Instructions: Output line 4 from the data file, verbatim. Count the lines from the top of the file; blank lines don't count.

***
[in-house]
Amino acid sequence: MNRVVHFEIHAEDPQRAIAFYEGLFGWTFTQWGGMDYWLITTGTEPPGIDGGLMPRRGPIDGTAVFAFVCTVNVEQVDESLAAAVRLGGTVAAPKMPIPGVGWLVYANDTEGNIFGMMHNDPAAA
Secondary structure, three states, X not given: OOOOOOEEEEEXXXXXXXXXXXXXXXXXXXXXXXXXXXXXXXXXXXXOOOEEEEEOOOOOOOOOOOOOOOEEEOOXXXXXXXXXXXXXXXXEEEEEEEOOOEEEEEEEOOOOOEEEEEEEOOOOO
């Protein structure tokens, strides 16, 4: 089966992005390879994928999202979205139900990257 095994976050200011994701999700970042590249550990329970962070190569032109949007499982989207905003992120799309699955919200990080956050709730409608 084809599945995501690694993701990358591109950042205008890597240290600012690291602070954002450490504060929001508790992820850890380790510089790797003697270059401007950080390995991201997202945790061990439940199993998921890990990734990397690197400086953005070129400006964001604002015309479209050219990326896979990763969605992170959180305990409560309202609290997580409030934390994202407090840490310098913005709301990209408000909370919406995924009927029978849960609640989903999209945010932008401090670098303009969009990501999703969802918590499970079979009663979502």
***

């Protein structure tokens, strides 16, 4: 089966992005390879994928999202979205139900990257 095994976050200011994701999700970042590249550990329970962070190569032109949007499982989207905003992120799309699955919200990080956050709730409608 084809599945995501690694993701990358591109950042205008890597240290600012690291602070954002450490504060929001508790992820850890380790510089790797003697270059401007950080390995991201997202945790061990439940199993998921890990990734990397690197400086953005070129400006964001604002015309479209050219990326896979990763969605992170959180305990409560309202609290997580409030934390994202407090840490310098913005709301990209408000909370919406995924009927029978849960609640989903999209945010932008401090670098303009969009990501999703969802918590499970079979009663979502």